Impact Journalism Day
A Taiwanese Company turns marble into paper
In an age when environmental conservation and sustainable technology are increasingly relevant in our daily lives, innovation to manufacture products we often take for granted often needs to start from the ground up.
The famous sculptor Auguste Rodin once said, "I choose a block of marble and chop off whatever I don't need." Had he lived until current times, he would probably be amazed to discover how those leftover marble remains can be transformed to craft new possibilities. The approach used by Taiwan Lung Meng Technology Company (TLM) is symbolic of using no frills materials in an unconventional way to create cutting edge products that we use daily, such as paper.
TLM, a company based in the southern city of Tainan that employs 300, has pioneered a process that takes marble waste and converts it into high quality paper. This stone paper that uses a mixture of 80 percent calcium carbonate and 20 percent non-toxic resin is not only recyclable, but its manufacturing process is also eco-friendly in that the paper does not come from the trees that our Earth desperately needs.
The making of stone paper involves the process of grinding leftover mined marble into a fine powder, adding calcium carbonate and a resin mixture and bringing it to boil at around 160 degrees centigrade. The composition does not require acid, alkalis or bleaching, nor does it cause water pollution. And the only water used is for cooling the stone paper pallets. For its disposal the stone paper is put in an incinerator where it will not produce toxic fumes and where the calcium carbonate that remains will not damage incinerator walls.
The result is a lightweight, soft to the touch writing medium that is hard to tear, suitable for storage and can even be used for note taking by divers under water.
In contrast, one ton of wood pulp paper requires the felling of 20 trees, the usage of close to 7,500 gallons of water and creates nearly 1,000 kg of carbon emissions.
"Non-wood consuming" process
TLM's "non-wood consuming" process, which it has developed at a cost of US$50 million, has won it many accolades and certifications, including being the first to be awarded "Cradle to Cradle" (C2C) certification in Taiwan. In contrast to cradle to grave (C2G) materials which cannot be recycled and reused, C2C standards certify that a product is sustainable in five categories, including: material safety, recovery/recycling, energy usage, water usage and social responsibility. The company has also partnered with international entrepreneur and author Gunter Pauli, whose vision for responding to societal economic needs through locally available resources was made known worldwide in the book "The Blue Economy."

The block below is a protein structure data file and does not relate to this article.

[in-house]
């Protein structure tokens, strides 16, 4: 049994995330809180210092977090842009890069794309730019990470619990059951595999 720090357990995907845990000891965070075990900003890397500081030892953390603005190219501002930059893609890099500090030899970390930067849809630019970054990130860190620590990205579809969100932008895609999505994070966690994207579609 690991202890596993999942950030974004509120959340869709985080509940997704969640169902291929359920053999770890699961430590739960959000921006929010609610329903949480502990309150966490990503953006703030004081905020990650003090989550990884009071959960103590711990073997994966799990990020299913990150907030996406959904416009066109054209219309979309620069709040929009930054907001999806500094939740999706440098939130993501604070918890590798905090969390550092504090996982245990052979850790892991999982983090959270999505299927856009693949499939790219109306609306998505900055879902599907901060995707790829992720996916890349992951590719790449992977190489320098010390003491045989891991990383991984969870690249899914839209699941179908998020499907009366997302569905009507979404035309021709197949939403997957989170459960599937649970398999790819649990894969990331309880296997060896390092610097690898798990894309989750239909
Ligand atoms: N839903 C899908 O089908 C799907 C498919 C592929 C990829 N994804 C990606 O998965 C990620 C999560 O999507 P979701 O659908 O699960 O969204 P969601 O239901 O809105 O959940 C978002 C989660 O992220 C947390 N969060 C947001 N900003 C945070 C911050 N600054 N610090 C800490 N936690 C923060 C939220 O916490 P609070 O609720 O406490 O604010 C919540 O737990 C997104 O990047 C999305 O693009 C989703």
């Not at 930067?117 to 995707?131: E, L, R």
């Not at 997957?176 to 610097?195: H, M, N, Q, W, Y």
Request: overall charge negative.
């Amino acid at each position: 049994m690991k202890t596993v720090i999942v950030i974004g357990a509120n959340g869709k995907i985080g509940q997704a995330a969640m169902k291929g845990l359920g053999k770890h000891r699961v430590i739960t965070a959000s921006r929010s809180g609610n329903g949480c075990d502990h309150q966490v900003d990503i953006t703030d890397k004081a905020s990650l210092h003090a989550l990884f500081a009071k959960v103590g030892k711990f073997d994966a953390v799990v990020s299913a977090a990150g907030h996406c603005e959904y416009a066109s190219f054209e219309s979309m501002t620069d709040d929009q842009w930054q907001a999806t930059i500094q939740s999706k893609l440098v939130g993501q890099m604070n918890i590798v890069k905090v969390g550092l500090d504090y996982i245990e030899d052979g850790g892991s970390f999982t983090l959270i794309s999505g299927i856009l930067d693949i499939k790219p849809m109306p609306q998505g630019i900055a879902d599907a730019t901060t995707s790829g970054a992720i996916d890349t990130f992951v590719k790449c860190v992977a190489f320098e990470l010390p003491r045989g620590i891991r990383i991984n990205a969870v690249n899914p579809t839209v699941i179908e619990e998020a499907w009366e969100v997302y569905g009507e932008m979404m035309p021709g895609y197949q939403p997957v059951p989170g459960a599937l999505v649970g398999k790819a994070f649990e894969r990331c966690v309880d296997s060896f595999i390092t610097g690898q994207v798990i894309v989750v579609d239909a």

Aside from the environmental advantages, stone paper has practical advantages over its traditional wood paper counterparts. For one, stone based paper is flame, water and bug resistant, making it ideal for archives. Due to the paper's durability to the elements, it is also an ideal material for posters, manuals and trail maps. The U.S. White House has used the paper with its signage in gift bags, a practice that has also been adopted by Mercedes Benz and Ferrari.
It is also lighter, which translates into reduced burdens for textbook toting schoolchildren. "We want kids and students to carry stone paper printed textbooks to school as it is light weight and eco-friendly. Most importantly, it is extra durable and water resistant," said Alan Sun, a company representative.
Beyond paper, TLM has ventured into stone based T-Shirt Bags (reusable grocery sacks). Unlike traditional grocery sacks that take decades to decompose, TLM's variant takes half a year to a year under direct UV exposure.
TLM's resource recovery of inorganic waste and its benefits towards improving the environment, puts yet another quality environmentally responsible product on the store shelf. Already, the company's technology has been patented in over 40 countries and is being sold in Europe (the Netherlands, Germany and France) as well as in Canada and Australia.
For more information: